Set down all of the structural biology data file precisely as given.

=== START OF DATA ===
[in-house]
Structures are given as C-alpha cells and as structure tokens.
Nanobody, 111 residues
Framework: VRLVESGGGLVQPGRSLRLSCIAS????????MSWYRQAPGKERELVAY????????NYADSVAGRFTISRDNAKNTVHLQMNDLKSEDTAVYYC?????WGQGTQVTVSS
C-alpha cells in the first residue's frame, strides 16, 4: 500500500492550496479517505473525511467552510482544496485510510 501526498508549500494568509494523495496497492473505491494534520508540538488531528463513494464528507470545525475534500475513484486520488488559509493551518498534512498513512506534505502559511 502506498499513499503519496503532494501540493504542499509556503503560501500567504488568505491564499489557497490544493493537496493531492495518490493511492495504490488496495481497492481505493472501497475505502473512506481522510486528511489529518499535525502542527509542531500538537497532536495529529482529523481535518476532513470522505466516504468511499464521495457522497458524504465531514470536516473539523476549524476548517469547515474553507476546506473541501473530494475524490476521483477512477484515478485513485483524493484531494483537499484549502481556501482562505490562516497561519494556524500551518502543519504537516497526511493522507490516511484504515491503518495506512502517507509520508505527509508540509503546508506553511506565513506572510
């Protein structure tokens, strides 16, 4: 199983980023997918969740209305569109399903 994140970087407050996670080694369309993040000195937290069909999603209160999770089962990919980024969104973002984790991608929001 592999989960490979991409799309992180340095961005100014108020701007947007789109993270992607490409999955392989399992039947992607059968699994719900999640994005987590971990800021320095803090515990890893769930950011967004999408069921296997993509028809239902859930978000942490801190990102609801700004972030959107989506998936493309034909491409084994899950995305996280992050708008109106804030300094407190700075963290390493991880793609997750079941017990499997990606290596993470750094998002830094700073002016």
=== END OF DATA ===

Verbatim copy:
[in-house]
Structures are given as C-alpha cells and as structure tokens.
Nanobody, 111 residues
Framework: VRLVESGGGLVQPGRSLRLSCIAS????????MSWYRQAPGKERELVAY????????NYADSVAGRFTISRDNAKNTVHLQMNDLKSEDTAVYYC?????WGQGTQVTVSS
C-alpha cells in the first residue's frame, strides 16, 4: 500500500492550496479517505473525511467552510482544496485510510 501526498508549500494568509494523495496497492473505491494534520508540538488531528463513494464528507470545525475534500475513484486520488488559509493551518498534512498513512506534505502559511 502506498499513499503519496503532494501540493504542499509556503503560501500567504488568505491564499489557497490544493493537496493531492495518490493511492495504490488496495481497492481505493472501497475505502473512506481522510486528511489529518499535525502542527509542531500538537497532536495529529482529523481535518476532513470522505466516504468511499464521495457522497458524504465531514470536516473539523476549524476548517469547515474553507476546506473541501473530494475524490476521483477512477484515478485513485483524493484531494483537499484549502481556501482562505490562516497561519494556524500551518502543519504537516497526511493522507490516511484504515491503518495506512502517507509520508505527509508540509503546508506553511506565513506572510
């Protein structure tokens, strides 16, 4: 199983980023997918969740209305569109399903 994140970087407050996670080694369309993040000195937290069909999603209160999770089962990919980024969104973002984790991608929001 592999989960490979991409799309992180340095961005100014108020701007947007789109993270992607490409999955392989399992039947992607059968699994719900999640994005987590971990800021320095803090515990890893769930950011967004999408069921296997993509028809239902859930978000942490801190990102609801700004972030959107989506998936493309034909491409084994899950995305996280992050708008109106804030300094407190700075963290390493991880793609997750079941017990499997990606290596993470750094998002830094700073002016």